The old man said, As long as the heavens have endured this ceremony has been performed by us.
  185. Cho' neee'-no-wom' k'ee kwen cho ha-sem', Kee ne-pek'.
    Look for whatever you think you would like to eat.
  186. Noohl 'o gam' kue 'nep-sech, Kue 'ue'-wery-ken kee ne-pek'.
    My father said, I will eat the part between the fins and the gills.
  187. Kwe-lekw mep ke-gom' 'we-go-yek' mo-cho kee nahk-se-mee chey-kuem' kee-kee 'o meyr-kuem' kwe-lekw wee-'eeet kee nue-mee se-ga-'a-gey'.
    He had often heard tell that if a man could take three bites and swallow it all he would be very rich.
  188. 'O gam' kue me-wee-mor, K'ee kwen cho' keech noohl reee-goh-so-nee ne-puey tue' chpee kor' 'oohl nee-kee meyr-kuem' kue nah-che'-leesh kee 'we-ne-pek' k'ee ne-puey.
    The old man said, All the time that salmon have been speared, only one man has eaten all the salmon he was given to eat.
  189. Noohl 'o ge's kue 'nep-sech, Kwe-lekw kee hee-me-no-mee meek-'o-lue-mek'.
    Then my father thought, I will gulp it down quickly.
  190. Kwe-see 'ee-mee wo goh-kuem' kee 'we-na'-mee meek-'o-lue-mek' mee' nue-mee ske-na' 'ohl-kue-mee 'wo'hl-p'ey' chpee mehl pe-mue'.
    But he could not manage to take two bites because it was very bitter as it had been cooked with angelica root.
  191. To' 'e-lekw weet 'ee nue-mee 'we-chah-chew kee 'ue-meek-'o-lew mee' kwe-lekw nee-kee mehl se-ga-'a-gey' 'oohl.
    Well, it was difficult for anyone to swallow just because a man got rich by doing it.
  192. Keech chmey' lekw-seesh 'o soo-tol' kue me-wee-mor, hee-noy 'o 'o-ro-go' kue 'nep-sech.
    In the evening the old man went out, and my father followed him.
  193. Noohl 'o gee', Cho' kem nue nerr-ger-sem'.
    He was told, Go and gather sweathouse wood again.
  194. Kue wo-nekws 'we-soo-tok' noohl wek 'ee lehl-koo' 'ue-mey; soo ha's, 'Aa-wokw keech 'ne-muech ne-wook'.
    As he went up his weeping could be heard; he thought, Ah, now I have seen for myself.
  195. Soo ha's, Keech ne-wook' muech kue se-gon-ko-nee kue hehl-kue 'we-neee-kue' kue ne-puey.
    He thought, Now I have seen for myself what is done when the salmon is taken ashore.
  196. He-wo-nee kwe-lekw nee mok'ws weesh nue-mee mehl ho soo's.
    Formerly there was nothing about it that he had thought of much.
  197. Weesh-tue' weesh soo wa'-sok 'we-sek' kwe-see weet ho soo hoo-lem' 'oohl tue' kwe-las keech ho noo weesh-tue' ko hoh-kuem'.
    And so he was full of pity that this was how they the people had lived and now he himself had taken part.
  198. Kue 'we-nes-kwe-chok' 'ap ho-'op' 'o 'er'-gerrk kwe-see yem' kue me-wee-mor, Kues cho so-nee-ne-pem'?
    When he returned he made a fire in the sweathouse, and the old man said, How do you feel?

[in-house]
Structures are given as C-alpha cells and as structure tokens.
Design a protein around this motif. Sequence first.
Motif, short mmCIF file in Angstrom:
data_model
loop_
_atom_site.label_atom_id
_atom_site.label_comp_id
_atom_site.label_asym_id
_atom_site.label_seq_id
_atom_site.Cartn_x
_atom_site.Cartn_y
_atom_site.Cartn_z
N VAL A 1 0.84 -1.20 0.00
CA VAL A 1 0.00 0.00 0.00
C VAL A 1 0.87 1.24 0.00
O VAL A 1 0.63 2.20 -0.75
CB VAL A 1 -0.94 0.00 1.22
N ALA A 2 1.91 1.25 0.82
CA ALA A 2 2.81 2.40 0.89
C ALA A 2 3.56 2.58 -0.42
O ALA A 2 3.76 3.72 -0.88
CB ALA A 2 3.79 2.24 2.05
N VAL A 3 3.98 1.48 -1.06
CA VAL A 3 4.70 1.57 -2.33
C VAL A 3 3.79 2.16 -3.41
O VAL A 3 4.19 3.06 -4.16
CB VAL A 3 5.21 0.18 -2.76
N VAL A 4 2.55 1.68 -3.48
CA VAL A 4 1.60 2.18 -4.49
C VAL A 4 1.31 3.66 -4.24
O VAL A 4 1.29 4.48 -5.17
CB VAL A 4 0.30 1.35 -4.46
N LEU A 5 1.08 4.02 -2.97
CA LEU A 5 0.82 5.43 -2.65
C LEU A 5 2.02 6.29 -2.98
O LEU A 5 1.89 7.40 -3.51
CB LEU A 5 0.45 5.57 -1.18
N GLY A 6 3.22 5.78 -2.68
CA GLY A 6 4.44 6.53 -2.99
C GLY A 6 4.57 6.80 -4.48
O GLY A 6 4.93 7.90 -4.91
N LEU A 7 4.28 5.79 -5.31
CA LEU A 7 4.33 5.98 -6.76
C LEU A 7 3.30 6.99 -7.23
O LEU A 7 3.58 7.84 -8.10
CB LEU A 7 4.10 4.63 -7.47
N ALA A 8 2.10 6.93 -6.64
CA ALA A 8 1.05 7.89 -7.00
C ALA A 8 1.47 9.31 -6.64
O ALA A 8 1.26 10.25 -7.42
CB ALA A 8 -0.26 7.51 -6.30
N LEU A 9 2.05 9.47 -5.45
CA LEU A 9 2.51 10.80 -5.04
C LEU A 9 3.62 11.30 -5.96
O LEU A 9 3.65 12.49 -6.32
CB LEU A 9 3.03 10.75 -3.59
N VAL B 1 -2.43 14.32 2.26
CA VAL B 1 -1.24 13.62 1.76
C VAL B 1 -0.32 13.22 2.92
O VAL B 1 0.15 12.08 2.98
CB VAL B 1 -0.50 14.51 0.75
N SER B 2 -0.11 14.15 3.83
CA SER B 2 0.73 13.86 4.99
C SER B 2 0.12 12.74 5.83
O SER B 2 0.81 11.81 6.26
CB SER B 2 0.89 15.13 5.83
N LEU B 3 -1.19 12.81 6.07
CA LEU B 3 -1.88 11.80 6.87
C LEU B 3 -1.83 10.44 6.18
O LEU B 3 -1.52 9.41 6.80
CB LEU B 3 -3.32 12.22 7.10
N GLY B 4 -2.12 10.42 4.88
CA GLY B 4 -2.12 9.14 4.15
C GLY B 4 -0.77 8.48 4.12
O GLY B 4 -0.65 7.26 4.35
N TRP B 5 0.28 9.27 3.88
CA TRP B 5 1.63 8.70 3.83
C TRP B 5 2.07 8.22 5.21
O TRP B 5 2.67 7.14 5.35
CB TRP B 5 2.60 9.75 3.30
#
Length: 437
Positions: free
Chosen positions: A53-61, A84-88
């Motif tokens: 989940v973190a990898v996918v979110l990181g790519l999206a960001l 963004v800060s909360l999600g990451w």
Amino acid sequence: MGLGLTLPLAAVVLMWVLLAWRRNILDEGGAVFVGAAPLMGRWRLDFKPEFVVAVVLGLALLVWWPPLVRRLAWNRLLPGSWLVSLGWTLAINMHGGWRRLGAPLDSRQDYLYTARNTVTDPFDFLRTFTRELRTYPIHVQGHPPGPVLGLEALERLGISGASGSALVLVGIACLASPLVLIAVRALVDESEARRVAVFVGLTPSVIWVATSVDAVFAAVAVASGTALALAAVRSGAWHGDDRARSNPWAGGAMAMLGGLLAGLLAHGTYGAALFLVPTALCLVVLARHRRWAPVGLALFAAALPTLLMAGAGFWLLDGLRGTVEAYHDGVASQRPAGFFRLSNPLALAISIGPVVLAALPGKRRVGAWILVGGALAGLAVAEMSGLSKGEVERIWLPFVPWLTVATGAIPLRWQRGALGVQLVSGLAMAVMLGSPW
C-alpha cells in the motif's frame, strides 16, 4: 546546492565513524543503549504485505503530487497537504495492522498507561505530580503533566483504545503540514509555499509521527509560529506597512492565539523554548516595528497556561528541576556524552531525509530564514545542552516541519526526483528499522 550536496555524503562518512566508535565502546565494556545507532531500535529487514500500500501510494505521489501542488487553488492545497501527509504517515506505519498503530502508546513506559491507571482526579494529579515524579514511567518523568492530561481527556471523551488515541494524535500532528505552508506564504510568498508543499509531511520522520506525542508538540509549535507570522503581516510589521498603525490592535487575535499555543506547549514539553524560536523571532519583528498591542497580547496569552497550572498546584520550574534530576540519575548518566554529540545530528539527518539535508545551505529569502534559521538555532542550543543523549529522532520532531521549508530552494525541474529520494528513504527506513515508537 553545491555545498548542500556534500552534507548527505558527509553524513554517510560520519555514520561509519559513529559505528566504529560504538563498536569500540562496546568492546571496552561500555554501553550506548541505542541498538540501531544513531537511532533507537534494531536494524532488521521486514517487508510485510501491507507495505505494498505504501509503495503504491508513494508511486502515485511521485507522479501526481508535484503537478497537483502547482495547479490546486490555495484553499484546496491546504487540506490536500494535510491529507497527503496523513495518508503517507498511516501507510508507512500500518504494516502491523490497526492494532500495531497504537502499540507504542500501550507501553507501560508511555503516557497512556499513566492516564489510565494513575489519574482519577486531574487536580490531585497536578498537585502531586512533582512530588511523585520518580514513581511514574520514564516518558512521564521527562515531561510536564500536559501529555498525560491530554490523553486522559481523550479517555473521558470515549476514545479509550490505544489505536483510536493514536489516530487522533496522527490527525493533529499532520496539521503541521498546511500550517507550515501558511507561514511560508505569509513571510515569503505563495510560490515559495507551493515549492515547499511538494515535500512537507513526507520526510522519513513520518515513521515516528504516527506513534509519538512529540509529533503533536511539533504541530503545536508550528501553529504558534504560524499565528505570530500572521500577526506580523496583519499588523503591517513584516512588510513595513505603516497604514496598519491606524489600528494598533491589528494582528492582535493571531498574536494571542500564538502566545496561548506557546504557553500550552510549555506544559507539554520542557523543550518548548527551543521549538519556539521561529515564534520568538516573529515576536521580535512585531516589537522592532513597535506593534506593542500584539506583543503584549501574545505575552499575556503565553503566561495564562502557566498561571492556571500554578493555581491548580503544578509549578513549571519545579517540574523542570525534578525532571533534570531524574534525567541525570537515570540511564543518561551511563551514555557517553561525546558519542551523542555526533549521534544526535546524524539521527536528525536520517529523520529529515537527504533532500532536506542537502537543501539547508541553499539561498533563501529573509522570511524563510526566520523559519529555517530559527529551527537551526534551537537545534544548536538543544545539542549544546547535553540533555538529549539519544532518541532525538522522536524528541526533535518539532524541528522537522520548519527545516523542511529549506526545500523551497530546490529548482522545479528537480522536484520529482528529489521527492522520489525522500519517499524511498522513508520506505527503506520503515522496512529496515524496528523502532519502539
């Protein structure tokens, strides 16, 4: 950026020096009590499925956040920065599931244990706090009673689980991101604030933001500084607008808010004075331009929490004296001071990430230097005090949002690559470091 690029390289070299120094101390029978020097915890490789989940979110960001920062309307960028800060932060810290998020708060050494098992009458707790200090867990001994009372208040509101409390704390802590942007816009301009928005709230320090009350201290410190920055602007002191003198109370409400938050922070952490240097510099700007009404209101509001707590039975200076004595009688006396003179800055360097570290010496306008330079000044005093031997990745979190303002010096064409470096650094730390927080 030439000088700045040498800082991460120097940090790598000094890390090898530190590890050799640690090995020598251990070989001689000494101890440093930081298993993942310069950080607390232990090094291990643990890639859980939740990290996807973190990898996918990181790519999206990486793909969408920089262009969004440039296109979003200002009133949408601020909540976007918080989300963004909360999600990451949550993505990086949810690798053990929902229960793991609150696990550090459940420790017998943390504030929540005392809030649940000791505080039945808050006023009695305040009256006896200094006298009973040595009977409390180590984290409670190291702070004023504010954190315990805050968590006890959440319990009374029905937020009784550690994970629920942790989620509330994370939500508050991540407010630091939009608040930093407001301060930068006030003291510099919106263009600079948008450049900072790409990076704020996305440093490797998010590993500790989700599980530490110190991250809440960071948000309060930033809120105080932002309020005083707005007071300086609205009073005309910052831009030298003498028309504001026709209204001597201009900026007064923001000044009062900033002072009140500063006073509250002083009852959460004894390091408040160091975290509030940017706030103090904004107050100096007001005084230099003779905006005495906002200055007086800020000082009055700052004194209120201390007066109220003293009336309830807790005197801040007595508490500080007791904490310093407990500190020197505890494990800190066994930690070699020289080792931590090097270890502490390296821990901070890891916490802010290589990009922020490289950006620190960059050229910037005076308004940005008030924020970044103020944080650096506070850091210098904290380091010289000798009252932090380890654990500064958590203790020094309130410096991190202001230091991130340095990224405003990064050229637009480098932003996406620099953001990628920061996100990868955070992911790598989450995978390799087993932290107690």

199. 'O gam' kue 'nep-sech, Kue keech no-'ohl ho ne-poh kue ne-puey tue' 'o cher-perhl so-nee-ne-pek'; ke-nee-mee chee-wey-yek' 'ee-mee che'-look-sek'.
    My father said, Since I ate the salmon I feel strong from it; I am not hungry and I am not thirsty.
  200. 'O wooyhl noohl he'-wo-nee-hlehl tue' 'o te-ge-ruem' 'ue-mes kue me-wee-mor; noohl 'o hue-merhl.
    They were awake all night, and the old man made his medicine; then they sweated.
  201. Won' keech son' keet 'ue wook kem 'o ge-gokw' kue 'nep-sech kue 'we-nerr-ger-sek'.
    Before daybreak even it happened that my father went out to gather sweathouse wood.
  202. Noohl koy-poh 'o'-lep 'o le'-mehl ke-goh 'em-see che'-lo-nee ne-puey chpee ne-pee'-mehl.
    Then in the morning they went to the house, and ate only soup and dried salmon.
  203. 'Imee chee-wey' kue 'nep-sech 'ohl-kue-mee keet-kwo 'o kaa-me-wet' nee 'we-lue-hleek mehl kue ho ne-peen ne-puey.
    My father was not hungry because he still had a bitter taste in his mouth from the salmon he had eaten.
  204. Keech wey kol' ho 'we-ne-pee'-mehl 'em-kee 'er'-gerrch 'we-lekw 'ee rek-'eeen.
    They finished eating and sat outside the sweathouse.
  205. 'O gam' kue me-wee-mor, Mo-cho kee-to chkey-yem' we'yk-'oh ke-choyn cho' ko 'o chkey-yem'.
    The old man said, If you feel sleepy, sleep now in the day.
  206. 'O gam' kue 'nep-sech, Paa, mos kee-to chkey-yek'.
    My father said, No, I am not sleepy.
  207. 'O gam' kue me-wee-mor, Nek soo kwe-lekw kel' kee chkey-yem'.
    The old man said, Well, I think you will sleep.
  208. Noohl 'O Chaahl 'WeRe-pokw me'-wo-me-chokw' 'oohl 'e-me gam', Pekw-sue hes keech kee woh-pey-ye'-moh 'o kue laa-yekw?
    Then a man came from 'O Chaahl 'We-Repokw and said, May we not now cross over the path?
  209. 'O gam', 'Ey, kue me-wee-mor, Kem kee ha-sue', Kee kol' so'nk-'e-nuue'-moh 'o pue-lekw.